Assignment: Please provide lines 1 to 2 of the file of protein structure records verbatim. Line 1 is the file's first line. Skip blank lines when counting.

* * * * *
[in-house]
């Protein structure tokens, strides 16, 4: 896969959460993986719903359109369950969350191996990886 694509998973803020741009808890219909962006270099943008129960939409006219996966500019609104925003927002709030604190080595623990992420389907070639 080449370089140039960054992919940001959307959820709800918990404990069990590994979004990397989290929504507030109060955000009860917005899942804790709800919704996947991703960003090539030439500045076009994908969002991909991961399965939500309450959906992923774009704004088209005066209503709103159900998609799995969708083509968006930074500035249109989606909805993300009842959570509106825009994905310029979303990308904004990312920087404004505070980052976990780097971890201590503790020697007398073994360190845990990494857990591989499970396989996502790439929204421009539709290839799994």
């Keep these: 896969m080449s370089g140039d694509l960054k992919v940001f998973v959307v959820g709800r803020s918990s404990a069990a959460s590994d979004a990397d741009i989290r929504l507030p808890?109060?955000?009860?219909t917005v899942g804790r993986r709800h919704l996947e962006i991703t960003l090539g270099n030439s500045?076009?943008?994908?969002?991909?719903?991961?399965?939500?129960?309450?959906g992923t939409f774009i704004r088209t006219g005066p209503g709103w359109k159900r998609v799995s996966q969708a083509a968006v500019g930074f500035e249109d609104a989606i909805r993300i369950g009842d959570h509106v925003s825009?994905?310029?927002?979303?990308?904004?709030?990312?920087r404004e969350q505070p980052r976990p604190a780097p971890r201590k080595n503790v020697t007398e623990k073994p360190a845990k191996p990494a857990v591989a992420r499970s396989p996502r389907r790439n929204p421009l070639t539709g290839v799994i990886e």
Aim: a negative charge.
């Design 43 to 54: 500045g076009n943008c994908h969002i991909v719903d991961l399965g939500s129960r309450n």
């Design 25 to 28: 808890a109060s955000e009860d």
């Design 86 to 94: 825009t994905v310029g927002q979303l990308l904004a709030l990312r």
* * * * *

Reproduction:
[in-house]
């Protein structure tokens, strides 16, 4: 896969959460993986719903359109369950969350191996990886 694509998973803020741009808890219909962006270099943008129960939409006219996966500019609104925003927002709030604190080595623990992420389907070639 080449370089140039960054992919940001959307959820709800918990404990069990590994979004990397989290929504507030109060955000009860917005899942804790709800919704996947991703960003090539030439500045076009994908969002991909991961399965939500309450959906992923774009704004088209005066209503709103159900998609799995969708083509968006930074500035249109989606909805993300009842959570509106825009994905310029979303990308904004990312920087404004505070980052976990780097971890201590503790020697007398073994360190845990990494857990591989499970396989996502790439929204421009539709290839799994």